Searching over 5,500,000 cases.

Buy This Entire Record For $7.95

Download the entire decision to receive the complete text, official citation,
docket number, dissents and concurrences, and footnotes for this case.

Learn more about what you receive with purchase of this case.

Powers v. Powers

July 07, 1998


The opinion of the court was delivered by: Horton, Judge.

Appeal by Angela P. Powers, Lowell Gary Powers, and Herman Finley from judgment entered in open court on 7 February 1997 and signed 18 April 1997 by Judge Edgar B. Gregory in Ashe County District Court. Heard in the Court of Appeals 29 April 1998.

Angela P. Powers ("Angela") and Lowell Gary Powers ("Lowell") were married on 13 December 1978 and separated on 17 November 1989. Three children were born to their marriage: Andrea Q. Powers, born 31 October 1981; Kayla D. Powers, born 8 September 1985; and Pearson Dylan Powers, born 27 June 1990 (collectively "Powers children"). The Powers children lived with their mother after the separation of their parents. Angela began living with Herman Finley ("Finley") about 6 months after her separation from Lowell. Michael R. Finley ("Michael") was born to Angela and Herman on 12 July 1993.

Angela filed an action in 1993 seeking custody of the Powers children. A hearing was held in September 1993. The trial court found that both Angela and Lowell were disabled and were receiving Social Security Disability Insurance benefits. The court further found that Angela was convicted of driving while impaired in 1989, and the charge involved a wreck with both Andrea and Kayla in the automobile at the time of the accident. In addition, Angela had been the victim of domestic violence by Lowell during their marriage.

At the time of the custody hearing, Angela was living with Finley, who was also disabled and receiving Social Security Disability Insurance benefits. Finley had been convicted of various drug-related offenses in 1984 and received an active two-year prison sentence. After a full hearing, by order dated 15 September 1993, the district court awarded custody of the Powers children to the mother on certain specific conditions, including that: (1) she remain absolutely sober for 6 months, and possess no alcoholic beverages during that time; (2) she participate in a substance abuse assessment and comply with the recommended treatment program; and (3) Finley move out of her residence and remain out for six months. Lowell was awarded specified visitation privileges with the children. Neither party appealed from the entry of that order.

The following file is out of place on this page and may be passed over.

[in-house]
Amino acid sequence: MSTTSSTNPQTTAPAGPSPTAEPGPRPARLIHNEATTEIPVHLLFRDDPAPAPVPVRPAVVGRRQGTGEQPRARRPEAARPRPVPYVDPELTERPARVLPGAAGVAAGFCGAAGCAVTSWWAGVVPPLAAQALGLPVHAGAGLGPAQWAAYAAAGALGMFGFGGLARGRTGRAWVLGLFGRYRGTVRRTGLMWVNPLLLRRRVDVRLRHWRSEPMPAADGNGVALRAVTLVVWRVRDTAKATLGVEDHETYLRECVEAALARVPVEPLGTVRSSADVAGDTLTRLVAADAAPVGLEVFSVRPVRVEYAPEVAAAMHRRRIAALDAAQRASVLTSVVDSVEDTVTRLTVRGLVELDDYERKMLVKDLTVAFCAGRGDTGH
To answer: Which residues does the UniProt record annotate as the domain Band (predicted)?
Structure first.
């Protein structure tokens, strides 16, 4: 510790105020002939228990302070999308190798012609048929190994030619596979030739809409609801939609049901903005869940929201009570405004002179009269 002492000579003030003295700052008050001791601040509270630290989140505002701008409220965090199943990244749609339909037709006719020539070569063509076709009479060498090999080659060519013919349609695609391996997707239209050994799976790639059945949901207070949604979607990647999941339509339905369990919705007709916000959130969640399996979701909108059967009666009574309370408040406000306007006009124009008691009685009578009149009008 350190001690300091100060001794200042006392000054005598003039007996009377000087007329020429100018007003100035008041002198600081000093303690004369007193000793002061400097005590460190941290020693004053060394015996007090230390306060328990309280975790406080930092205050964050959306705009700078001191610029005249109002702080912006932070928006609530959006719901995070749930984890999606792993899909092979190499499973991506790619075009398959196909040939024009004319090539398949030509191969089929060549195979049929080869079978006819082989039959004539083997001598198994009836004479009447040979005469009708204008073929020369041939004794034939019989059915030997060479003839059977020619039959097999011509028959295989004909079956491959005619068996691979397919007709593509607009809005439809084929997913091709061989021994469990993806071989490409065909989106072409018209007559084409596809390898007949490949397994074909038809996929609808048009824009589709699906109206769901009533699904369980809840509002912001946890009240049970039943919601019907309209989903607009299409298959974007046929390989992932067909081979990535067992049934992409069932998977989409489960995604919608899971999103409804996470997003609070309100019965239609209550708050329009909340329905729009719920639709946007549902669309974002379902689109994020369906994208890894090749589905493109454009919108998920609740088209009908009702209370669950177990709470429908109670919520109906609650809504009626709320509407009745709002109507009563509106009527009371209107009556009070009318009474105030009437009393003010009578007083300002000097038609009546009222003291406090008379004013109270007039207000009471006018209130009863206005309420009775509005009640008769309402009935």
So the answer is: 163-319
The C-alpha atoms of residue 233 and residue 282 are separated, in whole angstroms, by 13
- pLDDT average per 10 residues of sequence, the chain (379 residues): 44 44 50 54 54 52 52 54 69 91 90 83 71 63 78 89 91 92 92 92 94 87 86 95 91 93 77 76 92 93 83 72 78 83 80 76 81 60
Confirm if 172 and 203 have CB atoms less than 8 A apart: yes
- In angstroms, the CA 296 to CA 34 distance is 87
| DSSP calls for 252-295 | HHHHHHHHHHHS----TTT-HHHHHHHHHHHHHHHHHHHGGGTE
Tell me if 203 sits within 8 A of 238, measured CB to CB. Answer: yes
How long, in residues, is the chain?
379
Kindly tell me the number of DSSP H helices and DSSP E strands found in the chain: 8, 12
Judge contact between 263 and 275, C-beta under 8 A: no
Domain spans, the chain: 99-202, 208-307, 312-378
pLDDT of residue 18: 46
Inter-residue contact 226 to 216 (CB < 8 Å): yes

Since February 1990, twenty-four reports about the care of the Powers children were made to the Ashe County Department of Social Services ("DSS"). Seventeen reports were directed against Angela, and seven of those reports were substantiated based on her lack of supervision, alcoholism and emotional abuse or neglect. Two of the four reports against Lowell were substantiated, based on physical abuse of Pearson and emotional abuse of all the Powers children. None of the three reports against Finley were substantiated.

On 8 May 1996, DSS filed juvenile petitions alleging that all four of Angela's children were abused and neglected juveniles. As to Andrea and Kayla, the petitions alleged that: Angela was unable to care for her children due to her alcoholism; Lowell was uncooperative in arranging alternate care for the children; Angela and Lowell were engaged in a continual battle over custody of the children, resulting in emotional damage to the children; Lowell used the children to retaliate against the mother; and Andrea and Kayla were receiving treatment for emotional damage caused by their parents' actions. Allegations in the petition involving Pearson were similar, except it was not alleged that Pearson was receiving treatment for emotional problems. It was alleged, however, that Lowell had used excessive physical discipline on Pearson, resulting in bruising on his face in the shape of a hand. As to Michael, in addition to allegations about his mother's alcohol problems, it was alleged that he was neglected because he was living in an environment injurious to his welfare.